Friday, May 27, 2016

How to be a Billy Goat

Last night I got to share some ideas about being a billy goat in an internet filled with trolls. It was at the first ever VanTalks (video will be available soon).

I shared (one of) the origins of the metaphor of a troll as a bully on the internet: the Norwegian fairy tale "The Three Billy Goats Gruff" in which a troll lives under a bridge and keeps the goats from grazing in a lush pasture.

Right now it seems like the internet is filled with trolls, like there's no good comments section, like there isn't a place to have good conversations online. The way we can start to change that is by being the opposite of trolls. We need to be billy goats.

Trolls

Trolls are rude, abrasive, and abusive.

Trolls are confident in what they know and cannot, will not be swayed from their certainty.

Trolls are never, ever, ever wrong.

It's nearly impossible to have a conversation with a troll and, what's worse, trolls often succeed in devolving the conversations around them. There might be good people trying to have a decent conversation, but in walks a troll and things fall apart. People start taking sides. It stops being a conversation and starts being a shouting match.

Bad News

I hate to say it. I don't want to be a downer. But the truth is we won't ever be rid of trolls. A medium like the internet that allows anyone anywhere anytime to share their thoughts will the world will, inevitably allow thoughts that are abusive, hurtful, and intransigent.

Fighting the trolls, more often than not, won't do much of anything to help. Trolls love the conflict and won't be swayed by even the best of arguments.

Trolls are here to stay. But they don't have to dominate the conversations. The reality is that trolls are the exception that is writing the rules. They are the tail that's wagging the dog. They are the minority influencing the majority.

Billy Goats

We can offer an alternative. We can offer a different way. We can be the billy goats to the trolls of the internet. 

Billy goats treat everyone with dignity and respect (even trolls). 

Billy goats seek to understand before they seek to be understood. 

Billy goats willingly and graciously admit when they are wrong. 

If you want to start being a billy goat there's something you need to know. This isn't a short term engagement. This isn't something you can sign up for and knock out in a week. This will take time and commitment. It will take consistency and it will mean you are attacked by trolls. 

But it also means that you are stepping between the vulnerable and the trolls, that you are showing people a different way to interact online, that you are a part of a minority that is influencing the majority for good. 

C'mon, be a billy goat. 

Next up (next week) what this looks like in real life and some practical next-steps. 

Thursday, May 26, 2016

Socrates and the Internet

Socrates said “[T]hey will be hearers of many things and will have learned nothing; they will appear to be omniscient and will generally know nothing; they will be tiresome company, having the show of wisdom without the reality.”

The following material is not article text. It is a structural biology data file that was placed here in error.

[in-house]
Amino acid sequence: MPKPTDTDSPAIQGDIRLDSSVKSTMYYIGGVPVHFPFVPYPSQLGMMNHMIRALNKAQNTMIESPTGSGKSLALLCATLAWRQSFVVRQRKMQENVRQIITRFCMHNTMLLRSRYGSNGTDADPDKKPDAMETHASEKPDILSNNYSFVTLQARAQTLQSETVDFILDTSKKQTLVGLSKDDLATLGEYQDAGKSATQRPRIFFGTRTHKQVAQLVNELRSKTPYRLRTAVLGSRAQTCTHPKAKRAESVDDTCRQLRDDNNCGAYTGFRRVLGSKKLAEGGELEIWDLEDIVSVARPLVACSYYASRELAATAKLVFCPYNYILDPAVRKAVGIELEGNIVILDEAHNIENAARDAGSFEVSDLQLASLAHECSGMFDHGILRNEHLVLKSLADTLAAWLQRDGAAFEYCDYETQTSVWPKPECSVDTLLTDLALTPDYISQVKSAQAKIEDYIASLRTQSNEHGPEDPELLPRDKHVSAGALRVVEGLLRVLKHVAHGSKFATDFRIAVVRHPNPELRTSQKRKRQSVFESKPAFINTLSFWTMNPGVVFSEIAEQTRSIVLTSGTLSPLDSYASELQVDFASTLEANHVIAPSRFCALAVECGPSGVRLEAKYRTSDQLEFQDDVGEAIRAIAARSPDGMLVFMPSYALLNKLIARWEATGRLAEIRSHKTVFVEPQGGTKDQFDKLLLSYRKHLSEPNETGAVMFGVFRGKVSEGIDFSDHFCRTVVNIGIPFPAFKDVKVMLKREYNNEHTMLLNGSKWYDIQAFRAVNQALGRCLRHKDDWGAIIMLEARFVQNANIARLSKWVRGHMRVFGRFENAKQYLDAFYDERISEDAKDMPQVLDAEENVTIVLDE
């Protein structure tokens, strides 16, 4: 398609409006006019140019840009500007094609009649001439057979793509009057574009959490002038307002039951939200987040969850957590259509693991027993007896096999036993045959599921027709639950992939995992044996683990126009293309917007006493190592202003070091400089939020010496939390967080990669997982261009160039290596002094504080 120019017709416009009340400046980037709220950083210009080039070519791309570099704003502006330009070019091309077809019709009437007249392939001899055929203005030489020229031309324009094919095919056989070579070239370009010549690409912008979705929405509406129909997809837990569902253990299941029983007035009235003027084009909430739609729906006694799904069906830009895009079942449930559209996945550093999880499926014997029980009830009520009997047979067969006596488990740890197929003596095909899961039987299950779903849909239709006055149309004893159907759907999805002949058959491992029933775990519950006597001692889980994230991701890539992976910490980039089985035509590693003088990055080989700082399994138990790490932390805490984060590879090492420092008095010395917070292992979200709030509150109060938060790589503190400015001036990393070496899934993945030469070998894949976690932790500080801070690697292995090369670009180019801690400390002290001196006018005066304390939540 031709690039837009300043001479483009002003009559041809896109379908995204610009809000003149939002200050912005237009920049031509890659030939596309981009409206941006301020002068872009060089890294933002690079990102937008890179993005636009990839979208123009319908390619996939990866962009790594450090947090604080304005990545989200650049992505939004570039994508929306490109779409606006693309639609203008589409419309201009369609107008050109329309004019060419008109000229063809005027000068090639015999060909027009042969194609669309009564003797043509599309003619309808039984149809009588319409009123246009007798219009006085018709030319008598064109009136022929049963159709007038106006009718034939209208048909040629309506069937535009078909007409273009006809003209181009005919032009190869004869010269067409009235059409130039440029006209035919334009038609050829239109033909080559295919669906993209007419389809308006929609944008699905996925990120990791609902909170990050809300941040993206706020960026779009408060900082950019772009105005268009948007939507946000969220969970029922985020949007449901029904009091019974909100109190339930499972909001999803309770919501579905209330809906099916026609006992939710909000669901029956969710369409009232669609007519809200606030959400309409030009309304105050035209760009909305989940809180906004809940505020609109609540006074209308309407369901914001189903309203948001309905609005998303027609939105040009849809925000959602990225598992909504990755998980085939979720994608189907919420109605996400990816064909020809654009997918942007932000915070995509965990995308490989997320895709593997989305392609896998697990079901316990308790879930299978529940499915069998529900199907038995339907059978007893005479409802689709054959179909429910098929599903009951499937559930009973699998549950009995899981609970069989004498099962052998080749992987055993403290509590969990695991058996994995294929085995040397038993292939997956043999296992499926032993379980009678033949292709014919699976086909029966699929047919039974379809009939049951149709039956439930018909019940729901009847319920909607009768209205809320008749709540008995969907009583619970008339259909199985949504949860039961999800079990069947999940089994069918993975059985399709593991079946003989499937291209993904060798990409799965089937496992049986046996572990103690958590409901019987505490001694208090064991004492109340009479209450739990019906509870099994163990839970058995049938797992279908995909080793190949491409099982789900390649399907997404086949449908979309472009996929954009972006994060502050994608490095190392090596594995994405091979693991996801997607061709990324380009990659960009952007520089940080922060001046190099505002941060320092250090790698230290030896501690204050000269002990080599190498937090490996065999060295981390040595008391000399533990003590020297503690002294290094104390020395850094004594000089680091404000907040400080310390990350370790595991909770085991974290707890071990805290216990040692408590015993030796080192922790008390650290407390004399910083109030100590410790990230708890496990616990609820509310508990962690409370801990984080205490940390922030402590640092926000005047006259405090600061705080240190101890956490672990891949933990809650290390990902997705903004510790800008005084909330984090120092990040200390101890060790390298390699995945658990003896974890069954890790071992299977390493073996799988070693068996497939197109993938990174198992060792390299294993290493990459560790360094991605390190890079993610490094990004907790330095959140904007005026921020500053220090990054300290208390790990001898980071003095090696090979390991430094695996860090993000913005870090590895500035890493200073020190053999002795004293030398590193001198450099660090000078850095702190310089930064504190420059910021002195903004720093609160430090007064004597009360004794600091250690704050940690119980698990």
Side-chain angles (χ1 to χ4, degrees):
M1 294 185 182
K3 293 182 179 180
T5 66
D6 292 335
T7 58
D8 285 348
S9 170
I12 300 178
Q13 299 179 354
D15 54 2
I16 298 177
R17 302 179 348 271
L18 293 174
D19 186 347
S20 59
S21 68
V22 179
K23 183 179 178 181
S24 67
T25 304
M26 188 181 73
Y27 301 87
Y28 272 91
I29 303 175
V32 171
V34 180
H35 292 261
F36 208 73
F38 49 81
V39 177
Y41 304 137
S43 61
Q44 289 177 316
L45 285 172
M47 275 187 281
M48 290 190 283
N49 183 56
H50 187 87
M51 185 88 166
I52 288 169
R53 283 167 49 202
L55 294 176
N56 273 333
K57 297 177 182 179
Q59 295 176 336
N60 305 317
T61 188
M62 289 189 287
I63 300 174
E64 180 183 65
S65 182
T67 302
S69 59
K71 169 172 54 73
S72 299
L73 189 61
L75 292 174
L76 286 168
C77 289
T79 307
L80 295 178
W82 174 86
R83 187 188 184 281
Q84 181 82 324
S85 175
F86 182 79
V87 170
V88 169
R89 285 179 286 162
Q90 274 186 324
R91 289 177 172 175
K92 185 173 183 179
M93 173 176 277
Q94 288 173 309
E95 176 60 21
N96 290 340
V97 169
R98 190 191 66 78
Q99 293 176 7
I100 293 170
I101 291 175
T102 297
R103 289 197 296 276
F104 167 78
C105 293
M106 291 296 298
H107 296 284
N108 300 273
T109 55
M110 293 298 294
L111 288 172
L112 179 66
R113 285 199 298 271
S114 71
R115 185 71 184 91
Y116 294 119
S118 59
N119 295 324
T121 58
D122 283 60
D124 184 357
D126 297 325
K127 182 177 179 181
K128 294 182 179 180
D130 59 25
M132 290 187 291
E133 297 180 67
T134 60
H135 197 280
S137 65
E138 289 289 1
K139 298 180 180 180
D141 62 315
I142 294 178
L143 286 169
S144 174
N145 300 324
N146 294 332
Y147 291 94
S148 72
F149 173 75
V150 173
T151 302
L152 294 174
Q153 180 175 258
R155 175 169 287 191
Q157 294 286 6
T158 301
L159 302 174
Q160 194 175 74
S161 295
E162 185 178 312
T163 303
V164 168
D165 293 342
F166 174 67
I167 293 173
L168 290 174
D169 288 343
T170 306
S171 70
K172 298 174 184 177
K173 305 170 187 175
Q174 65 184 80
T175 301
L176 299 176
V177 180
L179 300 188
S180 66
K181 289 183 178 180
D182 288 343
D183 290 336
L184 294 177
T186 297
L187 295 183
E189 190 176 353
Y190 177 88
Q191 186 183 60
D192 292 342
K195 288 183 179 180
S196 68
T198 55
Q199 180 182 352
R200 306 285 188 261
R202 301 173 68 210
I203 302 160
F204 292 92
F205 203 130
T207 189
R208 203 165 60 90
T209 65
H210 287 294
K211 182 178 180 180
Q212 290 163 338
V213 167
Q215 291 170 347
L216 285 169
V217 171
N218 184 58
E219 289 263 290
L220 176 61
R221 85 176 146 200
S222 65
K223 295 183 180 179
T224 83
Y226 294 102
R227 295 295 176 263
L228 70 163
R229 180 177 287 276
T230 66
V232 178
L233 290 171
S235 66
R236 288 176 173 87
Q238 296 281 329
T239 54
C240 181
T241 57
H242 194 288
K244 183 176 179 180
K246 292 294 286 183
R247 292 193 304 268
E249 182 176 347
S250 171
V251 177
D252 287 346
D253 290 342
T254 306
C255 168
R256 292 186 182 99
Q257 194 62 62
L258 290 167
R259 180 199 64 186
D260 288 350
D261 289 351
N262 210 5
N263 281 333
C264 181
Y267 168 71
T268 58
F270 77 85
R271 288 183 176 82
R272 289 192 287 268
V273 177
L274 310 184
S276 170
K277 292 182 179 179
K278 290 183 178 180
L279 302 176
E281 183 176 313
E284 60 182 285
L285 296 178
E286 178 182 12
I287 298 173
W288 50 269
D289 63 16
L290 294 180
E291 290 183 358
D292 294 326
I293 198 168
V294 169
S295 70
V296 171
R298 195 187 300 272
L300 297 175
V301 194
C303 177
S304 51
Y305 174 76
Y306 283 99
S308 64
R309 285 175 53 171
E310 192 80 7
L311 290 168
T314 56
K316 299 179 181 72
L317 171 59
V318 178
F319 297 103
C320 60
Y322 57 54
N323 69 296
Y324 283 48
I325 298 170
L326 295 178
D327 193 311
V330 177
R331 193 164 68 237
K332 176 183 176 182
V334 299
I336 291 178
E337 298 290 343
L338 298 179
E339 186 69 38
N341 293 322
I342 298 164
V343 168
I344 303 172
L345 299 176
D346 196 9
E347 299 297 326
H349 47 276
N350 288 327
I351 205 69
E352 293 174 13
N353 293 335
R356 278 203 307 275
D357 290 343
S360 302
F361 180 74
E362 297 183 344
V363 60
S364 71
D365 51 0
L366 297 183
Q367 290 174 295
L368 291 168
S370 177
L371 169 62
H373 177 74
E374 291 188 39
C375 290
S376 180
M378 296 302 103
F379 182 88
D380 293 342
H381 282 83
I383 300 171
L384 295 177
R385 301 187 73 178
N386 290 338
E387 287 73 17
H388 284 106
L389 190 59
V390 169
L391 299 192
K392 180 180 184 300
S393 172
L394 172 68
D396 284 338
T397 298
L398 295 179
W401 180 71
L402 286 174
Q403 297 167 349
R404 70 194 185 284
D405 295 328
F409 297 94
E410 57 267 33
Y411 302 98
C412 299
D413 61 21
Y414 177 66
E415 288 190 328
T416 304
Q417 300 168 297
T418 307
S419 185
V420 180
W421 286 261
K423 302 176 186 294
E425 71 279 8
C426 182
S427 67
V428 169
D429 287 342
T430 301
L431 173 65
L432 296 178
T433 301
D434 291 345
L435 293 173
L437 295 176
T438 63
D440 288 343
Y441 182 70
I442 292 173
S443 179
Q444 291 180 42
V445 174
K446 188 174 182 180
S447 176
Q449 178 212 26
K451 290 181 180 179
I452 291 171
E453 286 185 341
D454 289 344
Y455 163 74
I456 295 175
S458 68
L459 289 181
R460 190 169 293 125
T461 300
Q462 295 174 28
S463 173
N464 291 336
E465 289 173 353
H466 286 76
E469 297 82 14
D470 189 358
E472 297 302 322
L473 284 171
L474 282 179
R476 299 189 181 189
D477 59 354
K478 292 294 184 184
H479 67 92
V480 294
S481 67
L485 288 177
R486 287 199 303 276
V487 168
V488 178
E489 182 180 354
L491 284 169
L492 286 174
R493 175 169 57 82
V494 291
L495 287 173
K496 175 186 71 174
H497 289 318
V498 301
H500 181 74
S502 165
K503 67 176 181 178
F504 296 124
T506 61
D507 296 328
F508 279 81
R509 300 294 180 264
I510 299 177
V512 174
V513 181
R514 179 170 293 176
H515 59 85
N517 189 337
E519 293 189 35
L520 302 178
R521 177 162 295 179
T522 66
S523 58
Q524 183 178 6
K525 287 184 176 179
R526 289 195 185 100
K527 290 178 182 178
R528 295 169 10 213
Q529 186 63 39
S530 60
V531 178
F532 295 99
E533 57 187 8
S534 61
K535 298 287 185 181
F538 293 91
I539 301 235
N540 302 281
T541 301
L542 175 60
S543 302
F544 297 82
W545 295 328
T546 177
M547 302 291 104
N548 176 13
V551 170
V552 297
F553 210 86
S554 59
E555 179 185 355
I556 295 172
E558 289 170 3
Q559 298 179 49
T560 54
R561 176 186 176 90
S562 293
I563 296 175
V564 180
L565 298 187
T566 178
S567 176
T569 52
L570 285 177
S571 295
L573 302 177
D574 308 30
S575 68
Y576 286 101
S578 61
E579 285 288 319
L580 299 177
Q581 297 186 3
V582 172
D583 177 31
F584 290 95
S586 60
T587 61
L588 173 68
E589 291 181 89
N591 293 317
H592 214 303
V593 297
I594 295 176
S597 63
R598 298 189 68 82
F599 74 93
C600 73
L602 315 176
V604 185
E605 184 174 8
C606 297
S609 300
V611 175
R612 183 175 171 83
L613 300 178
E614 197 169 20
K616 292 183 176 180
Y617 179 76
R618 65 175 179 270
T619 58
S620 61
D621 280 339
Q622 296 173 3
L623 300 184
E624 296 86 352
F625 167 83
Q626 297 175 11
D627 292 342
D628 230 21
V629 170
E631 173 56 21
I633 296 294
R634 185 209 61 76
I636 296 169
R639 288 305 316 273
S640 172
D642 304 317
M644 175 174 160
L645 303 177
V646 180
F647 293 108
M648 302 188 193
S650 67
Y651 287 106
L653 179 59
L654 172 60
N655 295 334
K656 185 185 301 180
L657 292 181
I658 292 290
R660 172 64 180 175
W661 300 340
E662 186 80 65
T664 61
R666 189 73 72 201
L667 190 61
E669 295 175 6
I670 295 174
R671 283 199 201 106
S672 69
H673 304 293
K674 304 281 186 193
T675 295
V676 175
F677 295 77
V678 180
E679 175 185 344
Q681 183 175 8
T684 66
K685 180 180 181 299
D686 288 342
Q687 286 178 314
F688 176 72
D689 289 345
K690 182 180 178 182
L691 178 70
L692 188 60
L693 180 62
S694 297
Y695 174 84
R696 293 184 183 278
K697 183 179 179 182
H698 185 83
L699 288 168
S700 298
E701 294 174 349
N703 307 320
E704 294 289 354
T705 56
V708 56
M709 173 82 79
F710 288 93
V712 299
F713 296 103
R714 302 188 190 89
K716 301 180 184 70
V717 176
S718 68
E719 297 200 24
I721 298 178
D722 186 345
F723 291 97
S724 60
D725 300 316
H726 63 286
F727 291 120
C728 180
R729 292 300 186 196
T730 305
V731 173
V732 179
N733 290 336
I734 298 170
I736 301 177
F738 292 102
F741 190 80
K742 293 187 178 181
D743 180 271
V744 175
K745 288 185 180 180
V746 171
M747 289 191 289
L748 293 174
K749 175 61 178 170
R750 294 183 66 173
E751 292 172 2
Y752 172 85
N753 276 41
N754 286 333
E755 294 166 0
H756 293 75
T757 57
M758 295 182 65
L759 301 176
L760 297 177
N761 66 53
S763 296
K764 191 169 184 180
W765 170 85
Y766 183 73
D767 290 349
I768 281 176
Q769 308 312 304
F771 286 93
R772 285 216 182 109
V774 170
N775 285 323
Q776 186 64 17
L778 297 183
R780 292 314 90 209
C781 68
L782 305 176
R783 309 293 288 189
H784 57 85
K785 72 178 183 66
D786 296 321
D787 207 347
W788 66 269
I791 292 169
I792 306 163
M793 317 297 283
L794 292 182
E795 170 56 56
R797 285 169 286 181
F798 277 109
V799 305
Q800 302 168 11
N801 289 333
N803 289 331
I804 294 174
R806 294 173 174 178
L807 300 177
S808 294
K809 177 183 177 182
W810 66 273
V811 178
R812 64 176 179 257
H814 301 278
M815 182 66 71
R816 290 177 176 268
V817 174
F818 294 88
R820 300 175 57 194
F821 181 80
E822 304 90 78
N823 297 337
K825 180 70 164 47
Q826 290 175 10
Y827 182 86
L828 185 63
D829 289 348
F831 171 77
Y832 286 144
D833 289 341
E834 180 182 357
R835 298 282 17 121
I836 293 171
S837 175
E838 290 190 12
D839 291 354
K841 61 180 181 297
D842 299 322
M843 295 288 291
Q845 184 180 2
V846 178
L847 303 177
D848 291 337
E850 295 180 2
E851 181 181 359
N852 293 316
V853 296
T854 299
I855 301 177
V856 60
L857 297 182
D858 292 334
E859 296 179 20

He could have been talking about the internet. He might as well have said: "Don't read the comments section." But he was talking about a different communication technology: writing. 

Socrates didn't like writing; he thought it undermined the thoughts of people and made them vapid. The irony is, we only know that Socrates said this because his student, Plato, wrote it down. 

Communication and the Brain

The way we communicate affects how we think, which affects how we process ideas, which affects everything about us as human beings. Socrates was right, moving from oral to written communication fundamentally changed humanity. Ideas were no longer bound by space and time, the great thinkers were able to build upon each other's work, and whole fields of study like philosophy, religion, history, mathematics, and science came into being. But there was a cost. Thought became a specialized field. Ideas became the property of the wealthy and powerful. The conversation of humanity was concentrated into the hands of a very few, well educated people. 

The rise of the printing press in Europe (it had been around in China for centuries before) paired movable type with an alphabet-based language and drastically decreased the cost of written communication. Within just a few years of Gutenberg's first printing Europe began to transform at a fundamental, cultural level. The Renaissance, the Enlightenment, and the Protestant Reformation were all spurred onward by the rapid spread of ideas, not among the wealthy and powerful, but among the common people. Culture changed, the people were no longer willing to be ruled from ivory towers and castle walls, the masses revolted based on the power of ideas. On the far shores of a distant continent a few ragged colonies took up those ideas and rebelled against the most powerful nation on the planet.

The Internet is Kind of a Big Deal

There have only been a few changes in the way human being communicate. The first was from oral to written, then from script to printing, and now we're in the midst of third great change from printing to electronic communication. For ease I'll use the internet as a catch-all term to refer to all of our instantaneous, electronic communication (i.e. texting, emailing, blogging, messaging, etc.). 

With each shift in communication the speed of idea transmission and the percent of the population involved have increased. Oral society was slow and ideas could only be shared as far as a voice could be heard. Writing sped things up and allowed more people to receive the ideas (though for much of its history written communication was still, primarily, transmitted to people orally). Printing increased the speed and the participants even further. Now with the internet we have almost half of the population on the planet able to communicate with each other instantaneously.